Two researchers in the Department of Educational Psychology, Alisha Wackerle-Hollman, senior research associate in school psychology, and Scott McConnell, professor of special education—along with Lori Erickson, assistant director in St. Paul Public Schools (SPPS) Office of Early Learning, and colleagues—recently received a $400,000, two-year grant from the Institute for Education Sciences (IES). Their grant, “Addressing the Growing Diversity of Preschool Populations through Low Incidence Language Barriers: Hmong Language Development to Improve Assessment Approaches,” aims to explore, understand, and document Hmong language development.
“Our IGDILab team is pleased to partner with SPPS on such an important venture. We jointly recognize the importance of Hmong language development to the local community and look forward to learning how early language development affects young Hmong-English bilingual students’ language and literacy development,” said McConnell.
Wackerle-Hollman and Erickson will co-lead the project, focusing on the community’s expertise in Hmong language to understand how the language develops. St Paul is home to the largest urban Hmong population in the nation and nearly a quarter of enrolled SPPS students are Hmong. They’ll use these findings to develop a Hmong language version of the Individual Growth and Development Indicators (IGDIs)—brief, easy to use measures of early language and literacy designed for use with preschool children. The new measures will be used by educators to assess Hmong preschool children’s early language and literacy skills.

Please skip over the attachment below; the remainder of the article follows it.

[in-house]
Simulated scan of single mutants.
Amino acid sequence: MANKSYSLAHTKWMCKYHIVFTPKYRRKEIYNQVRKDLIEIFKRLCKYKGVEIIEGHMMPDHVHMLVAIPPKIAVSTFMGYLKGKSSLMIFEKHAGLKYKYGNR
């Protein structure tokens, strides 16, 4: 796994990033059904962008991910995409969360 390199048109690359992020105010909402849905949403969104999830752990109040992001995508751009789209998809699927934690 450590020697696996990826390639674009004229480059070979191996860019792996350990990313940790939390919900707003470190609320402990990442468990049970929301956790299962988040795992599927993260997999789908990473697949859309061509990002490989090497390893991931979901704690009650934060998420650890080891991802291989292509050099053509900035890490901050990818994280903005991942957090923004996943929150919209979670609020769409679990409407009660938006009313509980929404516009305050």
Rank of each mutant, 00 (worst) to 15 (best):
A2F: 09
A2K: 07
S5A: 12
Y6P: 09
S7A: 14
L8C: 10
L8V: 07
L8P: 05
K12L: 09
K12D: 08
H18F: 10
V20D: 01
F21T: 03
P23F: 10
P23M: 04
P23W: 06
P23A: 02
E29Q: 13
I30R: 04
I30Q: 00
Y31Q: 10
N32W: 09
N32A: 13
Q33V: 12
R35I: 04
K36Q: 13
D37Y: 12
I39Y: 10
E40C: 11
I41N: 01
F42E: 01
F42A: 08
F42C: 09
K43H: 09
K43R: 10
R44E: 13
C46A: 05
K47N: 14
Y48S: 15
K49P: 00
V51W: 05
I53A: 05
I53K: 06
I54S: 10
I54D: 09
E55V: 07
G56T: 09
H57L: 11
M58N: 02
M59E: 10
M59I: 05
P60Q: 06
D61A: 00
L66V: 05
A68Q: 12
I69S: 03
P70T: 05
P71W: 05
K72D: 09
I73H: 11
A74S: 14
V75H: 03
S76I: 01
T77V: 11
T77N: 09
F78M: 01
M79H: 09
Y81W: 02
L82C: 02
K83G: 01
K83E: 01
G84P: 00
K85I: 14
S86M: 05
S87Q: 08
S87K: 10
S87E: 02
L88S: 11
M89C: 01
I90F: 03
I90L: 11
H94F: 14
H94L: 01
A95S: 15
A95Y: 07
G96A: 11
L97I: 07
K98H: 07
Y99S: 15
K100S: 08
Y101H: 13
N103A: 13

“IGDILab continues to pursue the development of meaningful measures for communities that are underserved, including bilingual students,” said Wackerle-Hollman. “This began with early language and literacy measures for Spanish-speaking students and continues through our partnership with St. Paul public schools to develop high quality measures for Hmong students.”
IGDILab is a research lab at the University of Minnesota led by Wackerle-Hollman and McConnell. The lab researches, designs, and tests IGDI measures to support data-based decision making by teachers, early childhood professionals, parents, and others to help improve early childhood outcomes. IGDILab has secured over $5 million in funding in the past decade to pursue complementary research including the assessment of English and Spanish language and early literacy development for children three, four, and five years of age as well as supporting resources to facilitate data-based decisions using scores derived from IGDIs.